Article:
Wednesday, March 21, 2007

The single-payer solution

Posted on Tue, Mar. 20, 2007 In Philadelphia Inquirer

The single-payer solution
By Linda Hunt Beckman

It is no secret that health care in this country needs a fix. About 47 million people don't have any health insurance, including more than a third of families with incomes of $40,900 or more.

And for those who can get a policy through their jobs, premiums are sky-high, with cutbacks in benefits. Many jobs don't provide health insurance anymore, and the cost of private insurance is prohibitive. Americans pay more for health care than people in any other country, and there is a reason: Administrative expenses, created largely by the many layers of the health-insurance system, and insurance-company profits take one out of every five health-care dollars.

Many Pennsylvanians welcomed Gov. Rendell's announcement in February that he had a health-care plan. What many did not know is that there is another plan our state legislature could pass and that it offers a cheaper, better fix. Senate Bill 300, the Family and Business Health Care Security Act, would provide single-payer universal health care to all Pennsylvanians (there will be a counterpart House bill). The national bill, H.R. 676, providing single-payer coverage for all Americans, has been in Congress for several years; it may be easier to pass the state bill first.

Single-payer health care in Pennsylvania would be much like Medicare for all (but better, because it would cover all costs; offer medications at a fair price; provide dental, optical, and mental-health care, and allow a relatively straightforward and just settlement - within the system - for malpractice). Just as senior citizens get almost all of their health care through a publicly funded, privately delivered system, the Family and Business Act would mean you could go to a doctor or hospital of your own choosing, and these physicians and facilities would not be working for the state or run by it (it would no more fit the negative notion Americans have of "socialized medicine" than does Medicare). The term single payer means that the money for the health-care system would come out of a single tax-supported fund, just as the money for Medicare does. And if we compare Medicare with the administrative expenses created by health-insurance industry, the overhead on our Medicare system is less than 4 percent.

Why don't we know about the option these bills provide? Health care is excellent in countries - including Canada, France, Australia, Denmark and most other developed nations - with single-payer plans. These programs are accessible to everyone, regardless of income; simpler to understand; less troubled by bureaucratic complications and expenses, and, most important, offer affordable care of high quality. We in the United States are unfamiliar with the single-payer option because tremendous amounts of money are spent by the medical-insurance and pharmaceutical industries to keep us in the dark. They would lose big bucks if we chose to go this route.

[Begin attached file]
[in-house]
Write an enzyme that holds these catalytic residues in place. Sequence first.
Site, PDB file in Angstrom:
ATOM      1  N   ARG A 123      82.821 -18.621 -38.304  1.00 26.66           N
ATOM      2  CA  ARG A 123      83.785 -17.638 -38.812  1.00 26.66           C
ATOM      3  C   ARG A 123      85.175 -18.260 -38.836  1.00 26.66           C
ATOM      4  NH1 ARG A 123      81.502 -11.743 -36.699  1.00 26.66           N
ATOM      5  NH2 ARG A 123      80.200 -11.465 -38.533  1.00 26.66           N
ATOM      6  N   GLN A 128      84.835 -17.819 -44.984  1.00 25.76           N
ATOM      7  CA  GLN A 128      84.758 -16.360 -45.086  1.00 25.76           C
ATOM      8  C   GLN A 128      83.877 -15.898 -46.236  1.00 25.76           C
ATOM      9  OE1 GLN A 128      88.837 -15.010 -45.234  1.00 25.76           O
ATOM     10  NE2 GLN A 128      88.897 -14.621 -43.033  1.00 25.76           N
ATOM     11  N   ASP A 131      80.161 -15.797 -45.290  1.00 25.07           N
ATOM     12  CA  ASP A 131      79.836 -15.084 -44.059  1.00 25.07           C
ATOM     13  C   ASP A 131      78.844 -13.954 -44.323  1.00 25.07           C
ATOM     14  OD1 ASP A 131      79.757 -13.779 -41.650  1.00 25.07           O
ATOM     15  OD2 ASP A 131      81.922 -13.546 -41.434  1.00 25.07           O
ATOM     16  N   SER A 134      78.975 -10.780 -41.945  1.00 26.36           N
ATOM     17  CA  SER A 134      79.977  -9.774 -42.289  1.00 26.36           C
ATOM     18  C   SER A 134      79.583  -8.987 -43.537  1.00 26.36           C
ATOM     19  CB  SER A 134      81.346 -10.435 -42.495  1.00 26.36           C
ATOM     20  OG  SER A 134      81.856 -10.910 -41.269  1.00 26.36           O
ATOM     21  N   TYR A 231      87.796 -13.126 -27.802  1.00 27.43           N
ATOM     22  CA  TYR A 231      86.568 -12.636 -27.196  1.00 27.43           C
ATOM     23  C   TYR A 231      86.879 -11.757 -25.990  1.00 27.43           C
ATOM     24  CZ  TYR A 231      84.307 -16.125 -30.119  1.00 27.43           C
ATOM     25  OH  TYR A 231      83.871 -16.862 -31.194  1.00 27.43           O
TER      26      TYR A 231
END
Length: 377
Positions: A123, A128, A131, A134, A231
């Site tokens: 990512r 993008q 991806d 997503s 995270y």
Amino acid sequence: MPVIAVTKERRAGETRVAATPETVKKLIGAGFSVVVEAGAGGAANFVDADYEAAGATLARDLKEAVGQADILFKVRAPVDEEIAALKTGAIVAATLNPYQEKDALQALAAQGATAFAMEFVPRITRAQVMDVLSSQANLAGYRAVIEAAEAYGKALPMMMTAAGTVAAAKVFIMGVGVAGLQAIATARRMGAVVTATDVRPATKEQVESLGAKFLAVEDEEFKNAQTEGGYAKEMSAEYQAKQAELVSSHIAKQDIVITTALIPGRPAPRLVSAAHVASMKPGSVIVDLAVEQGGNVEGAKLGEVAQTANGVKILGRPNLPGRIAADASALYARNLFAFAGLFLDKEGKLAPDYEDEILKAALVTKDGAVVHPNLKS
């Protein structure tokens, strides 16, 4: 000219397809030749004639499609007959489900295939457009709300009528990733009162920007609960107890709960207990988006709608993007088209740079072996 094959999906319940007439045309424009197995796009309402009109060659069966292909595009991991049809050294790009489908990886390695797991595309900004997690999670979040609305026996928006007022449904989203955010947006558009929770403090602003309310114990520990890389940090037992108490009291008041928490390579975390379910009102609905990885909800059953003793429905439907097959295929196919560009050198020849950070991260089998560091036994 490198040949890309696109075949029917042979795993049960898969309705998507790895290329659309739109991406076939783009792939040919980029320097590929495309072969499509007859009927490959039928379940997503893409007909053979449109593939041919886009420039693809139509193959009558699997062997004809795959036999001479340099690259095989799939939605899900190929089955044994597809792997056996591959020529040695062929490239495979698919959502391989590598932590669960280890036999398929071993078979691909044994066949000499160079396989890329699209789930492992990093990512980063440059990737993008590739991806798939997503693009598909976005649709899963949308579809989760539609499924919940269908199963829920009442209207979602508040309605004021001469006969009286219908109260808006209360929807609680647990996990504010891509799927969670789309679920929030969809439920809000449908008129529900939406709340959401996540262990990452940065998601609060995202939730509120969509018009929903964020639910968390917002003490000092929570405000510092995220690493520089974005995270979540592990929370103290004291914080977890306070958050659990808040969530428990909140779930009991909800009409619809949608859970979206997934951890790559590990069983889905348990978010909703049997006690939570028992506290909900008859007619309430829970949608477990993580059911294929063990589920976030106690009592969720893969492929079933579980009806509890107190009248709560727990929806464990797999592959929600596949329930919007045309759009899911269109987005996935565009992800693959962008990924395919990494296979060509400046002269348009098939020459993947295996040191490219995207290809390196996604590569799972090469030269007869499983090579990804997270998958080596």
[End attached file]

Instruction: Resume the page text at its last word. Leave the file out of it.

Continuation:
That health care elsewhere is less expensive is easily established: The United States spent an average of $6,102 a person on it in 2004, according to the Organization for Economic Cooperation and Development, while Canada spent $3,165 a person, France $3,159, Australia $3,120 and Britain just $2,508. Medications offered by those systems are affordable because those governments, unlike ours in running Plan D for those on Medicare, can negotiate with pharmaceutical companies for lower prices.

We could be as healthy and spend as little. S.B. 300 calls for funding by a 3 percent income tax on all citizens and a 10 percent tax on employers. These taxes, unfortunately, cannot be progressive because the Pennsylvania Constitution mandates a flat tax. Still, 3 percent of income is far less than most of us pay now for health insurance (with more spent out of pocket), and the legislation would offer the same services to people who have no income.

The governor's plan would not cover even nearly everybody, would not pay for medications, would not be as comprehensive in kinds of care provided, and would cost the state far more. Rendell's plan, like other supposedly universal health-care plans now in operation in Massachusetts and Maine and proposed in California, would be far more expensive because health-insurance companies, which require costly layers of administration and demand large profits, are the middlemen.

The corporate opposition to single payer exaggerates flaws that some systems have, or had, ignoring the fact that our health care is rationed by income. If you are poor, you may well get inferior health care all of your life. We could learn from problems elsewhere and thus develop the best truly universal health-care system of all.

Linda Hunt Beckman ( is a professor of English at Arcadia University and a coordinator for Neighborhood Networks.

Wednesday, March 14, 2007

Engendering The Mayoral Race

Engendering The Mayoral Race: Report From The Bar Association's Civil Rights Committee Panel On Women's Issues

Cross posted by Jennifer on Young Philly Politics

From what I could tell, no one from the campaigns was anywhere around. I'm not sure why, and not sure how to read the statement that specifically gendered issues have been absent from the race so far. What formal communications and connections are there between the candidates camps and the represented organizations? Is there some concerted plan to engender the race that is failing or are these errors of omission from a field of all-male candidates? Some highlights: